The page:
Jennie: Yeah. That was always super troubling to me. It always seems all of a sudden freedom of religion became a weapon that I can impose my religious views on anybody versus other people needing to respect mine.

Julie: That's true. One of the first decisions that came out of a federal court when the birth control rules came out and they started getting sued over the, the administration was getting sued. There was a really great quote from one of the judges who said that religious liberty, religious freedom is supposed to be a shield and not a sword. So the idea is the government's not supposed to be able to come in and tell you how to practice your religion or infringe upon your practice of religion. But it seems like it's being converted now into a way to impose beliefs on other people. And I think that's what we're seeing particularly in the healthcare arena.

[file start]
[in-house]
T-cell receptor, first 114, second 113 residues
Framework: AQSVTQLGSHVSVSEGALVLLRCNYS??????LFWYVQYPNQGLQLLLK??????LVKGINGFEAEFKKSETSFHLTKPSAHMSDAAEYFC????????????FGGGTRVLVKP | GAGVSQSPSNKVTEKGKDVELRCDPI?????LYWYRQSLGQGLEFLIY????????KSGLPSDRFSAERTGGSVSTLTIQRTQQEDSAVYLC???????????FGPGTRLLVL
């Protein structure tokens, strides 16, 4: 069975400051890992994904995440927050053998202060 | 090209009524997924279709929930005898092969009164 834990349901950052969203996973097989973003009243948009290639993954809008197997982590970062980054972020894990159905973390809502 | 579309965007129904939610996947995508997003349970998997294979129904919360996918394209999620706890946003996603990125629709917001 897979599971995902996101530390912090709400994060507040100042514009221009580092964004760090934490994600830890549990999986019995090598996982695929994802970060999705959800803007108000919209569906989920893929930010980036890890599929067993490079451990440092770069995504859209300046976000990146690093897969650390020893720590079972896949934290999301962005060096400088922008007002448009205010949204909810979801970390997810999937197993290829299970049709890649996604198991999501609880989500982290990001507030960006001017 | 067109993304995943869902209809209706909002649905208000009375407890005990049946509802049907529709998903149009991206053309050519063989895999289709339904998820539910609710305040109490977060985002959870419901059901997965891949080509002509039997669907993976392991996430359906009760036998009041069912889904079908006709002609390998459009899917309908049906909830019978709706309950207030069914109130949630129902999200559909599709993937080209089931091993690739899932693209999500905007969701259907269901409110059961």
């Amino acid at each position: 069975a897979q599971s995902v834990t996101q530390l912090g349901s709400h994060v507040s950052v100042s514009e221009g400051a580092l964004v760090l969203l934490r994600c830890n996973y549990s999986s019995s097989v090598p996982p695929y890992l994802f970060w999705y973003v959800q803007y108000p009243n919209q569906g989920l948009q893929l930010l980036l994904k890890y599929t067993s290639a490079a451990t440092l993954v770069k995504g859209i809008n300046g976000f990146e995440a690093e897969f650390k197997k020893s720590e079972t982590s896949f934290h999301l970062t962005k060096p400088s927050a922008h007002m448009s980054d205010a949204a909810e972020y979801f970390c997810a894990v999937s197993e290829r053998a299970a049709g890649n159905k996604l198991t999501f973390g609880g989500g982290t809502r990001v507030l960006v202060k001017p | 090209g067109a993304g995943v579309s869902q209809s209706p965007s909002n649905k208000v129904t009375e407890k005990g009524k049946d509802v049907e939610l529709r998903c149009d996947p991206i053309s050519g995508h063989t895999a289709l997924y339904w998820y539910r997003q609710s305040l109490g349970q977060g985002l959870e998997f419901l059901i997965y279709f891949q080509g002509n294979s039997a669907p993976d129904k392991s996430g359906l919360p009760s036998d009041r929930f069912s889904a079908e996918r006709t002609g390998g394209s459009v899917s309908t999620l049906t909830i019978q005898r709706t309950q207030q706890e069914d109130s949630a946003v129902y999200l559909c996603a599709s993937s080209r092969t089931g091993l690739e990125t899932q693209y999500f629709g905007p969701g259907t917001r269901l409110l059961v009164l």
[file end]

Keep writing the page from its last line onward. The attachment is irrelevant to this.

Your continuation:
Jennie: Absolutely. Okay. So one of the next things that came out was this whole conscience rule and conscience division within HHS. There was kind of a number of things are within it. Do you maybe want to kind of break out some of the things that are happening with that?